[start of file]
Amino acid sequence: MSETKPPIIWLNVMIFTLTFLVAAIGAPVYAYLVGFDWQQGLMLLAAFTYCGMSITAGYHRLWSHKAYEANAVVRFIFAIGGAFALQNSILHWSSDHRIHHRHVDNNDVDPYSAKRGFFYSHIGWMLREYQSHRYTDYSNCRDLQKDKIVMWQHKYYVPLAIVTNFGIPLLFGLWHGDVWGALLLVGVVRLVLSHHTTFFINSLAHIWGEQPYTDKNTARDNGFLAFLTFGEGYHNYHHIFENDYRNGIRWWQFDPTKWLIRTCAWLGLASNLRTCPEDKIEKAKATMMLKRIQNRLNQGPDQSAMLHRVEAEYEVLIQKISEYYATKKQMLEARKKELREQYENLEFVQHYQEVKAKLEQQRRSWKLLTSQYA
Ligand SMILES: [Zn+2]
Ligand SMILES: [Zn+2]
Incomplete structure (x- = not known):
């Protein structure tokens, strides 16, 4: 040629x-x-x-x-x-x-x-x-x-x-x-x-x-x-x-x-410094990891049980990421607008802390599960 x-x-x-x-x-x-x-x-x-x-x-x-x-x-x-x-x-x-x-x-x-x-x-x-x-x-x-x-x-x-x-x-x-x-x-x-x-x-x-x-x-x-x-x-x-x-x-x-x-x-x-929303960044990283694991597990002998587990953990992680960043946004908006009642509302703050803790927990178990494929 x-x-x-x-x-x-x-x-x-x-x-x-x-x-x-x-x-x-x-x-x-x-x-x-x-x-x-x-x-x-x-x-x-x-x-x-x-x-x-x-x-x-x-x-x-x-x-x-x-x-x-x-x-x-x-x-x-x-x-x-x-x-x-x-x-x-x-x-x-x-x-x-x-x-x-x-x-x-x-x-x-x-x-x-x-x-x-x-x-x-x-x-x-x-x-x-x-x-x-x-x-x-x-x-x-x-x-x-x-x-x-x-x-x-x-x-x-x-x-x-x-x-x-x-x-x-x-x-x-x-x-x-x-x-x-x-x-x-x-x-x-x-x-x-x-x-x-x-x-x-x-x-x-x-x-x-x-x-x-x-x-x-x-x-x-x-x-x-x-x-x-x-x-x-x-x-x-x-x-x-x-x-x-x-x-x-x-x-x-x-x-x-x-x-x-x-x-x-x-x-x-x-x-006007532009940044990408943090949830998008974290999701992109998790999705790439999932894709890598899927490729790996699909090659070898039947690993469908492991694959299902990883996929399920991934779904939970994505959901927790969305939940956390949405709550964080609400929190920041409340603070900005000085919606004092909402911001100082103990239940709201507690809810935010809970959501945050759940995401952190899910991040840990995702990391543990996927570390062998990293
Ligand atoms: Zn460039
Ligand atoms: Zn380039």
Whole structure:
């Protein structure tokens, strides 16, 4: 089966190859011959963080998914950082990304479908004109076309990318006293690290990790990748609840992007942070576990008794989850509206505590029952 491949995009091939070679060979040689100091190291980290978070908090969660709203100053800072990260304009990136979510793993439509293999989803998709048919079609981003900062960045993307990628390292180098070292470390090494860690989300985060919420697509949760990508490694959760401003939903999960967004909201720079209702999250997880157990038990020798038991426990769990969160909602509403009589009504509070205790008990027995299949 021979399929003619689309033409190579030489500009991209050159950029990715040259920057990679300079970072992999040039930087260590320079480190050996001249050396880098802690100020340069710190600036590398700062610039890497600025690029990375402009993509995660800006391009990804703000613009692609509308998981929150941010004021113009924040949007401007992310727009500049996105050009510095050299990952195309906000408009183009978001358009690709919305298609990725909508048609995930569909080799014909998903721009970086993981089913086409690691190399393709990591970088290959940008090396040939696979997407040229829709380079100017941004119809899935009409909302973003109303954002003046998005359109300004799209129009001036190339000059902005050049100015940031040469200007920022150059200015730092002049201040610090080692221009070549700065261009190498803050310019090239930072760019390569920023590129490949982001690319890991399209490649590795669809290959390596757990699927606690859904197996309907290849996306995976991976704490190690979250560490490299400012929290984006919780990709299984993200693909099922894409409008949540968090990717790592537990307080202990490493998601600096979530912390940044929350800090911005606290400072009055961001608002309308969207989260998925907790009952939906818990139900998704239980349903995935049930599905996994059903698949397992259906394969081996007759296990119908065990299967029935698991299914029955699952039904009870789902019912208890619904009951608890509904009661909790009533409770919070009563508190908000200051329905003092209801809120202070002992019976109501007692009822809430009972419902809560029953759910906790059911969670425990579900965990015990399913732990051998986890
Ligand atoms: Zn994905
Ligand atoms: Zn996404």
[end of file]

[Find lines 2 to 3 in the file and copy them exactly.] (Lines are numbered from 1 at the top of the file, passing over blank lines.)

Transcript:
Ligand SMILES: [Zn+2]
Ligand SMILES: [Zn+2]